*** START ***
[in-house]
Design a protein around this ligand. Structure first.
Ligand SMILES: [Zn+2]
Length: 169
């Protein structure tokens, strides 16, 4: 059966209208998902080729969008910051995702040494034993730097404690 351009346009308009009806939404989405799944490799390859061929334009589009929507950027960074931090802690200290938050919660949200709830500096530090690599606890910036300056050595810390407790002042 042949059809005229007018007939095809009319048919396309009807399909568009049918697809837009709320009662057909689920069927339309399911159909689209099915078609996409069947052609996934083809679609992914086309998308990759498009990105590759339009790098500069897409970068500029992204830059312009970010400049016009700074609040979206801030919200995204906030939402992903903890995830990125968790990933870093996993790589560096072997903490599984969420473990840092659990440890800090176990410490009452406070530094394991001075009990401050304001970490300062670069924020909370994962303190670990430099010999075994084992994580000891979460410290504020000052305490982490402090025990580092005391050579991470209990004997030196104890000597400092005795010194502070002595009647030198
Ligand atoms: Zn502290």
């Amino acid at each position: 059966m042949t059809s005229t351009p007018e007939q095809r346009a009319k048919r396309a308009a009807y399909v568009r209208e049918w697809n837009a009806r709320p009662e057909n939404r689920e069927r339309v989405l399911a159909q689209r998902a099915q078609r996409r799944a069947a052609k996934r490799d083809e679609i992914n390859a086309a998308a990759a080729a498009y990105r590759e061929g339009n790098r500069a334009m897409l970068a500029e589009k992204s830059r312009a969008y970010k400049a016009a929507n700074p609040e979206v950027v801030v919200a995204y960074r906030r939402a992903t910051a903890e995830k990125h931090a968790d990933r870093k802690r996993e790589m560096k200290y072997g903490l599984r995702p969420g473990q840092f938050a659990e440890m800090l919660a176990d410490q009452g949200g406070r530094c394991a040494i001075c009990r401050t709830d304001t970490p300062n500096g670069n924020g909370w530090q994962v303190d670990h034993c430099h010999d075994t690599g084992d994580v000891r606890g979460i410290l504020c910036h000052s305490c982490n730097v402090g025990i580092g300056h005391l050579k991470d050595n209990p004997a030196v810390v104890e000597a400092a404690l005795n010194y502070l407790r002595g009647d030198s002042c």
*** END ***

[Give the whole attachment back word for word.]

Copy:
[in-house]
Design a protein around this ligand. Structure first.
Ligand SMILES: [Zn+2]
Length: 169
């Protein structure tokens, strides 16, 4: 059966209208998902080729969008910051995702040494034993730097404690 351009346009308009009806939404989405799944490799390859061929334009589009929507950027960074931090802690200290938050919660949200709830500096530090690599606890910036300056050595810390407790002042 042949059809005229007018007939095809009319048919396309009807399909568009049918697809837009709320009662057909689920069927339309399911159909689209099915078609996409069947052609996934083809679609992914086309998308990759498009990105590759339009790098500069897409970068500029992204830059312009970010400049016009700074609040979206801030919200995204906030939402992903903890995830990125968790990933870093996993790589560096072997903490599984969420473990840092659990440890800090176990410490009452406070530094394991001075009990401050304001970490300062670069924020909370994962303190670990430099010999075994084992994580000891979460410290504020000052305490982490402090025990580092005391050579991470209990004997030196104890000597400092005795010194502070002595009647030198
Ligand atoms: Zn502290």
């Amino acid at each position: 059966m042949t059809s005229t351009p007018e007939q095809r346009a009319k048919r396309a308009a009807y399909v568009r209208e049918w697809n837009a009806r709320p009662e057909n939404r689920e069927r339309v989405l399911a159909q689209r998902a099915q078609r996409r799944a069947a052609k996934r490799d083809e679609i992914n390859a086309a998308a990759a080729a498009y990105r590759e061929g339009n790098r500069a334009m897409l970068a500029e589009k992204s830059r312009a969008y970010k400049a016009a929507n700074p609040e979206v950027v801030v919200a995204y960074r906030r939402a992903t910051a903890e995830k990125h931090a968790d990933r870093k802690r996993e790589m560096k200290y072997g903490l599984r995702p969420g473990q840092f938050a659990e440890m800090l919660a176990d410490q009452g949200g406070r530094c394991a040494i001075c009990r401050t709830d304001t970490p300062n500096g670069n924020g909370w530090q994962v303190d670990h034993c430099h010999d075994t690599g084992d994580v000891r606890g979460i410290l504020c910036h000052s305490c982490n730097v402090g025990i580092g300056h005391l050579k991470d050595n209990p004997a030196v810390v104890e000597a400092a404690l005795n010194y502070l407790r002595g009647d030198s002042c």